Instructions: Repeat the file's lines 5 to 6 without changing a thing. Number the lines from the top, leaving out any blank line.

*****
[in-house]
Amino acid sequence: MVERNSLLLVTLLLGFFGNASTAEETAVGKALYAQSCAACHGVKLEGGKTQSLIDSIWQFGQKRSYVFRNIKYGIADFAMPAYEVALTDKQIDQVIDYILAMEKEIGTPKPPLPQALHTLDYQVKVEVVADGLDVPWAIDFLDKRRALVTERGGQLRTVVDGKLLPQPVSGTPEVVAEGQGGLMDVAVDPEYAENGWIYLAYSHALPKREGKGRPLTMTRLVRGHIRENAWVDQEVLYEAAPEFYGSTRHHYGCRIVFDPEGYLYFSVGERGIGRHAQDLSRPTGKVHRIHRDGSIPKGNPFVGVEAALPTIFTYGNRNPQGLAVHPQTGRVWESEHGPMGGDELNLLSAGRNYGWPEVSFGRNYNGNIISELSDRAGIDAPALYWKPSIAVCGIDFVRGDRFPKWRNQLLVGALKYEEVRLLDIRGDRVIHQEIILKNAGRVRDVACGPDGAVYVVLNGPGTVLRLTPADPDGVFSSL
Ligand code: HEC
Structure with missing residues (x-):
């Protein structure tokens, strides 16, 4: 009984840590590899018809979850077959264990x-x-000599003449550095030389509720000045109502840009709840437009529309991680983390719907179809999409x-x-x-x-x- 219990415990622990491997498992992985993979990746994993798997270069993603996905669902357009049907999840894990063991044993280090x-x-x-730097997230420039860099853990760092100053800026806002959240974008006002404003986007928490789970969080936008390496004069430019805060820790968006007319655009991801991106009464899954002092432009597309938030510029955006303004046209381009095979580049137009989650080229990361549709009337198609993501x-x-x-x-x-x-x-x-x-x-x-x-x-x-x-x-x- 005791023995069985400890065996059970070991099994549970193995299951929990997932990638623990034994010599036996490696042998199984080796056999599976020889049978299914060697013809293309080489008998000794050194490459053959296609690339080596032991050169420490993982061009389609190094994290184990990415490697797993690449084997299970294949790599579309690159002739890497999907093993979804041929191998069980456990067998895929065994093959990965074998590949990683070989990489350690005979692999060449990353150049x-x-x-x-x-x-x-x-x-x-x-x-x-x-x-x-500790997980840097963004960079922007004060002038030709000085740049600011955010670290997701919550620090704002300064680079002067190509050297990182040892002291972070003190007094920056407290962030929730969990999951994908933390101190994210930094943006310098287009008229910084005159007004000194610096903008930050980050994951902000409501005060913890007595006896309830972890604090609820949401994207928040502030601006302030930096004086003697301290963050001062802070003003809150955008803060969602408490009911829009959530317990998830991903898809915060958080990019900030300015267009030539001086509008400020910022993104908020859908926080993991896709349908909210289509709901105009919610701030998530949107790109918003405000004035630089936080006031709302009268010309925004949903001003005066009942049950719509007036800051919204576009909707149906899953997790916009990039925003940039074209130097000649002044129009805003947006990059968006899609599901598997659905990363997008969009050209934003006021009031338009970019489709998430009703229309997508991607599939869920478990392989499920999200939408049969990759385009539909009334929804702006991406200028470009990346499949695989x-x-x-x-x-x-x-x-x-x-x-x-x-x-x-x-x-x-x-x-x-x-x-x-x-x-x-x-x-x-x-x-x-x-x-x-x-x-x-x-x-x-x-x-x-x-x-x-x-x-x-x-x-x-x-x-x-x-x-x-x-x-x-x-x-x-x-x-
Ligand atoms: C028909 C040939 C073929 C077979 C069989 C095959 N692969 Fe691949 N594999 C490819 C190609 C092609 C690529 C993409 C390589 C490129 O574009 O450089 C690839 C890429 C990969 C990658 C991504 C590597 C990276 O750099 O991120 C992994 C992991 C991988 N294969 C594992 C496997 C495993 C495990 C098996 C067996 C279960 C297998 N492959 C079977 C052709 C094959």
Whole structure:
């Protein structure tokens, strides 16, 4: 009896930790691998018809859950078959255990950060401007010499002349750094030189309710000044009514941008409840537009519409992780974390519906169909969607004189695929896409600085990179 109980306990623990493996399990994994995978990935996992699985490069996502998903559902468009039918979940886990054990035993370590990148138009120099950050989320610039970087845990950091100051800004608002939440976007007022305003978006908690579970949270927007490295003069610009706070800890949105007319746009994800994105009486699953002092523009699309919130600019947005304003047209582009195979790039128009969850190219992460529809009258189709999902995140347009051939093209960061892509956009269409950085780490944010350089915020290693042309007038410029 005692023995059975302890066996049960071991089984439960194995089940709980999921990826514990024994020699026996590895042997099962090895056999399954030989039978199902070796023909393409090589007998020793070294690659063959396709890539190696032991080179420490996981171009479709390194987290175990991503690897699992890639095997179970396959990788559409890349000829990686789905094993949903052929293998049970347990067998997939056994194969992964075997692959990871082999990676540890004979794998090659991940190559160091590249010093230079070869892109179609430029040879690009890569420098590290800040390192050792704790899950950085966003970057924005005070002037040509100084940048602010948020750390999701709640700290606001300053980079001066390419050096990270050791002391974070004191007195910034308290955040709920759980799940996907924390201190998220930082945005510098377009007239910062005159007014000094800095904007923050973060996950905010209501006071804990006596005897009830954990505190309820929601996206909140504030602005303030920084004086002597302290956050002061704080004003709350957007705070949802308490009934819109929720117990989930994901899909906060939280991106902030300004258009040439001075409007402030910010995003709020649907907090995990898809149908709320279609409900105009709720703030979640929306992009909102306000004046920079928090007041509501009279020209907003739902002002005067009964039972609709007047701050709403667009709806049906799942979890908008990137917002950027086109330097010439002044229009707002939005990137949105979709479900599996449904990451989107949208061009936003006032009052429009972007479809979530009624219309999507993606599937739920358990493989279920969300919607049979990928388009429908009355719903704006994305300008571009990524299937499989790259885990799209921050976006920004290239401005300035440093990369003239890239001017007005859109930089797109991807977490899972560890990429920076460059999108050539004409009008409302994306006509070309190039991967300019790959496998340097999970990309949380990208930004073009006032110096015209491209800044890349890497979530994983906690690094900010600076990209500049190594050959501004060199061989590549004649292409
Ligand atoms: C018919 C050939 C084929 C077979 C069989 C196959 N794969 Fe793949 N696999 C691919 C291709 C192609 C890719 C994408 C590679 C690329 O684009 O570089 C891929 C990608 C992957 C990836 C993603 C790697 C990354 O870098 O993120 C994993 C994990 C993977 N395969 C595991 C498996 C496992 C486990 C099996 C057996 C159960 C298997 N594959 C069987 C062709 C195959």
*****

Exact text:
């Protein structure tokens, strides 16, 4: 009984840590590899018809979850077959264990x-x-000599003449550095030389509720000045109502840009709840437009529309991680983390719907179809999409x-x-x-x-x- 219990415990622990491997498992992985993979990746994993798997270069993603996905669902357009049907999840894990063991044993280090x-x-x-730097997230420039860099853990760092100053800026806002959240974008006002404003986007928490789970969080936008390496004069430019805060820790968006007319655009991801991106009464899954002092432009597309938030510029955006303004046209381009095979580049137009989650080229990361549709009337198609993501x-x-x-x-x-x-x-x-x-x-x-x-x-x-x-x-x- 005791023995069985400890065996059970070991099994549970193995299951929990997932990638623990034994010599036996490696042998199984080796056999599976020889049978299914060697013809293309080489008998000794050194490459053959296609690339080596032991050169420490993982061009389609190094994290184990990415490697797993690449084997299970294949790599579309690159002739890497999907093993979804041929191998069980456990067998895929065994093959990965074998590949990683070989990489350690005979692999060449990353150049x-x-x-x-x-x-x-x-x-x-x-x-x-x-x-x-500790997980840097963004960079922007004060002038030709000085740049600011955010670290997701919550620090704002300064680079002067190509050297990182040892002291972070003190007094920056407290962030929730969990999951994908933390101190994210930094943006310098287009008229910084005159007004000194610096903008930050980050994951902000409501005060913890007595006896309830972890604090609820949401994207928040502030601006302030930096004086003697301290963050001062802070003003809150955008803060969602408490009911829009959530317990998830991903898809915060958080990019900030300015267009030539001086509008400020910022993104908020859908926080993991896709349908909210289509709901105009919610701030998530949107790109918003405000004035630089936080006031709302009268010309925004949903001003005066009942049950719509007036800051919204576009909707149906899953997790916009990039925003940039074209130097000649002044129009805003947006990059968006899609599901598997659905990363997008969009050209934003006021009031338009970019489709998430009703229309997508991607599939869920478990392989499920999200939408049969990759385009539909009334929804702006991406200028470009990346499949695989x-x-x-x-x-x-x-x-x-x-x-x-x-x-x-x-x-x-x-x-x-x-x-x-x-x-x-x-x-x-x-x-x-x-x-x-x-x-x-x-x-x-x-x-x-x-x-x-x-x-x-x-x-x-x-x-x-x-x-x-x-x-x-x-x-x-x-x-
Ligand atoms: C028909 C040939 C073929 C077979 C069989 C095959 N692969 Fe691949 N594999 C490819 C190609 C092609 C690529 C993409 C390589 C490129 O574009 O450089 C690839 C890429 C990969 C990658 C991504 C590597 C990276 O750099 O991120 C992994 C992991 C991988 N294969 C594992 C496997 C495993 C495990 C098996 C067996 C279960 C297998 N492959 C079977 C052709 C094959």